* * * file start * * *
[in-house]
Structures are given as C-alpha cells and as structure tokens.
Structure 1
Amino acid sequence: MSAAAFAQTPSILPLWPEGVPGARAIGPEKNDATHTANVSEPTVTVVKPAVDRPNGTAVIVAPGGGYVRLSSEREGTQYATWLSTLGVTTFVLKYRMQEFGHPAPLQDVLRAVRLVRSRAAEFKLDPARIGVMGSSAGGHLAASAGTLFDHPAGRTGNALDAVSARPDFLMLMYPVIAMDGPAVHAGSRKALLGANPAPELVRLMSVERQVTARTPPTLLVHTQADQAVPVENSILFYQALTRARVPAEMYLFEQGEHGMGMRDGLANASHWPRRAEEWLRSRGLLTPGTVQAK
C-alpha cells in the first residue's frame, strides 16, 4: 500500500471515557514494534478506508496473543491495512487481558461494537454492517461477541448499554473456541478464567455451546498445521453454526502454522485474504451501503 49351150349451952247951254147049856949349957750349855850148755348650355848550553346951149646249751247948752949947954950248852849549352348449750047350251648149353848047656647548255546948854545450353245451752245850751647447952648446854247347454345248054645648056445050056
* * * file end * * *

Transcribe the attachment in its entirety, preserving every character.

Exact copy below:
[in-house]
Structures are given as C-alpha cells and as structure tokens.
Structure 1
Amino acid sequence: MSAAAFAQTPSILPLWPEGVPGARAIGPEKNDATHTANVSEPTVTVVKPAVDRPNGTAVIVAPGGGYVRLSSEREGTQYATWLSTLGVTTFVLKYRMQEFGHPAPLQDVLRAVRLVRSRAAEFKLDPARIGVMGSSAGGHLAASAGTLFDHPAGRTGNALDAVSARPDFLMLMYPVIAMDGPAVHAGSRKALLGANPAPELVRLMSVERQVTARTPPTLLVHTQADQAVPVENSILFYQALTRARVPAEMYLFEQGEHGMGMRDGLANASHWPRRAEEWLRSRGLLTPGTVQAK
C-alpha cells in the first residue's frame, strides 16, 4: 500500500471515557514494534478506508496473543491495512487481558461494537454492517461477541448499554473456541478464567455451546498445521453454526502454522485474504451501503 49351150349451952247951254147049856949349957750349855850148755348650355848550553346951149646249751247948752949947954950248852849549352348449750047350251648149353848047656647548255546948854545450353245451752245850751647447952648446854247347454345248054645648056445050056